But first, I stopped to talk to a lizard.
One of my first tasks that I set myself upon arrival was to track down a few more obsidian swords. The Yolaru had asked me for ten of them to arm their warriors, after all, and I was only carrying a few. Scrounging around on the outskirts of town turned up another one or two, though the area seemed fairly deserted. Wondering where everyone might be, I strolled into the city proper to see what information I could get from the locals - or whether I could even find any locals. The situation in the city might have been more dire than I had first expected.
Imagine my surprise, then, when the first person I spoke to turned out to be Atlipacta, the town weaponcrafter! She excitedly told me of her work and her craft, and was more than willing to show me her wares and offer them in trade for emeralds. She showed me the armor and shields she crafted, while Triolo examined the bows and arrows in her stock. It was her blades, however, that truly drew my eye, passing straight over her knives and instead negotiating for the purchase of her swords. I walked out of her shop a few emeralds lighter, but with four more obsidian swords weighing down our packs - enough to bring my total to eleven, ten for the Yolaru and one spare left over for Aiela to use.
Naturally, I promptly abandoned the city in order to beeline it straight to the Yolaru and give the swords to their chieftain. Hey, those things were heavy and I was in sore need of space in my inventory!
|Well that's not suspicious at all.|
|Methinks something's rotten, a lot closer than Denmark.|
Remembering how much the townsfolk seemed to fear Huitlipacti, I opted for avoiding the man himself and instead talking to his shaman, a man named Zipactriotl. Or more accurately, Johann Spector - he was known to Professor Rafkin, being an archaeologist himself. At one point, at least, as he had currently declared himself shaman, and, as he himself put it, the "savoir of Earth, the bringer of peace and paradise." He spoke of stones like the moonstone, and energy similar to that which came from them in the Myrmidex caves and the Kotl city, and of his grand plans to harness that energy reactivate the Kotl's automatons, use them to get the stone in the Myrmidex caves, and promptly use both to conquer the world itself! Yes, these were dire circumstances indeed. He openly bragged of deposing Moctapotl and disposing of the previous shaman, Oaxtepac, as both of them were in the way of putting his plans into motion. He seemed intent on doing the same to me, as further questions merely provoked him into calling the guards on us!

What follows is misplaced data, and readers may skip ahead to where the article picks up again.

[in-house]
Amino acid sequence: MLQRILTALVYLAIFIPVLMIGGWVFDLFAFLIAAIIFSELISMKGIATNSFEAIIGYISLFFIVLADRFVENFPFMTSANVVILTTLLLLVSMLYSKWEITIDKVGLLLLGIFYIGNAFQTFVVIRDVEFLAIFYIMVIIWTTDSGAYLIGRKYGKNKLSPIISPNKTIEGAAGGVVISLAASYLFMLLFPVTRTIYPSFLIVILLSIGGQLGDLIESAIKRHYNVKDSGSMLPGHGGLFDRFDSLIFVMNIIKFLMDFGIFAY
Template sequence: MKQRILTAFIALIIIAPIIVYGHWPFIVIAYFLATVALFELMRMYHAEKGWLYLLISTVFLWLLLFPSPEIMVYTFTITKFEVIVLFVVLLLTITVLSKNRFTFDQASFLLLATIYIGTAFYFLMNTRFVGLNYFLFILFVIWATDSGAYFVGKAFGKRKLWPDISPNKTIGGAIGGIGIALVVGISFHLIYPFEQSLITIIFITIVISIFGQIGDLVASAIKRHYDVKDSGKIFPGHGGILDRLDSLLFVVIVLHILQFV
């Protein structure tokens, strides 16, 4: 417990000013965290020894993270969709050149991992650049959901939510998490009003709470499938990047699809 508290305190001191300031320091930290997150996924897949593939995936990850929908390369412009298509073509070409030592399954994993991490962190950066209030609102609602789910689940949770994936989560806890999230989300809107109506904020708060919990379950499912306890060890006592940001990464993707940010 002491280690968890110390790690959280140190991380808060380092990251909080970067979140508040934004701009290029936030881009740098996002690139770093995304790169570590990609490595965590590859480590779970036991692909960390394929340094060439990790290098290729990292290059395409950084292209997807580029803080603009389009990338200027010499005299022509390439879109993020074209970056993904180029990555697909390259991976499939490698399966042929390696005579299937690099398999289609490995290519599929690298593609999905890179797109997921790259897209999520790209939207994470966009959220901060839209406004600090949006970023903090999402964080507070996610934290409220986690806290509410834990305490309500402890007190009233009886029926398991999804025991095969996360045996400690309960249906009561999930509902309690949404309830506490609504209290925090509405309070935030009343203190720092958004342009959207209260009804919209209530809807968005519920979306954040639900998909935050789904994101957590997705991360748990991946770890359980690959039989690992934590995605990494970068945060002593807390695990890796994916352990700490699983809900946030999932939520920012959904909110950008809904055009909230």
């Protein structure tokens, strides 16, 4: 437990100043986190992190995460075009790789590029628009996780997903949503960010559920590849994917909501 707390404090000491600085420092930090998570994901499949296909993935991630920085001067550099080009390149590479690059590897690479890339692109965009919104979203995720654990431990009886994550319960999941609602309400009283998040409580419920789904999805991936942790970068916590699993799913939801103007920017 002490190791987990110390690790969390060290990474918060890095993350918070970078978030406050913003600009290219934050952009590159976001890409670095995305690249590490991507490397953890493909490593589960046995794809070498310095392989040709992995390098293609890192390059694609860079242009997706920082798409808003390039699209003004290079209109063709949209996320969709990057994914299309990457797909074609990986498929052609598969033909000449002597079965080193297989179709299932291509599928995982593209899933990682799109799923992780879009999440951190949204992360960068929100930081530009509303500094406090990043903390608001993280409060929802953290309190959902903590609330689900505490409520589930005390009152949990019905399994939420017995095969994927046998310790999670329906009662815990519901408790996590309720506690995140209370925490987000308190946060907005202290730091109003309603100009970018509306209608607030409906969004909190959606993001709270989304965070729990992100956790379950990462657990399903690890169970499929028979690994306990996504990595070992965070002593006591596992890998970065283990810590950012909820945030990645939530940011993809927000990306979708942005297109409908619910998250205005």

|Yeah, that's sending up half a dozen warning signals.|
Needing allies, I sought out the prison, to see if I could find the previous shaman. Spector had implied that he was merely imprisoned, not dead, and after some effort I did manage to find Oaxtepac. He gave us clues to both the history and the location of the hidden city Tlapatla had mentioned - according to him, the ancestors of the tribes of Eodon were brought to the valley by the denizens of that city to be servants. Eventually, though, their ancestors rebelled, slaying their masters and abandoning the city. Who their captors were, legends could not agree. Some called them spirits, some likened them to the Sakkhra. Whatever the case, it was clear the key to bringing down Huitlipacti and Zipactriotl lay in the city. Supposedly the previous residents, when they abandoned the city, left a key in case they ever decided to come back. To find the city, one needed to find a device on the great mesa, and fit a large gem into it. At a certain hour, the light hitting the gem would reveal the location of the city. This gem had apparently been stolen by the Urali - but Aiela reminded me that Darden had given it to her as a present!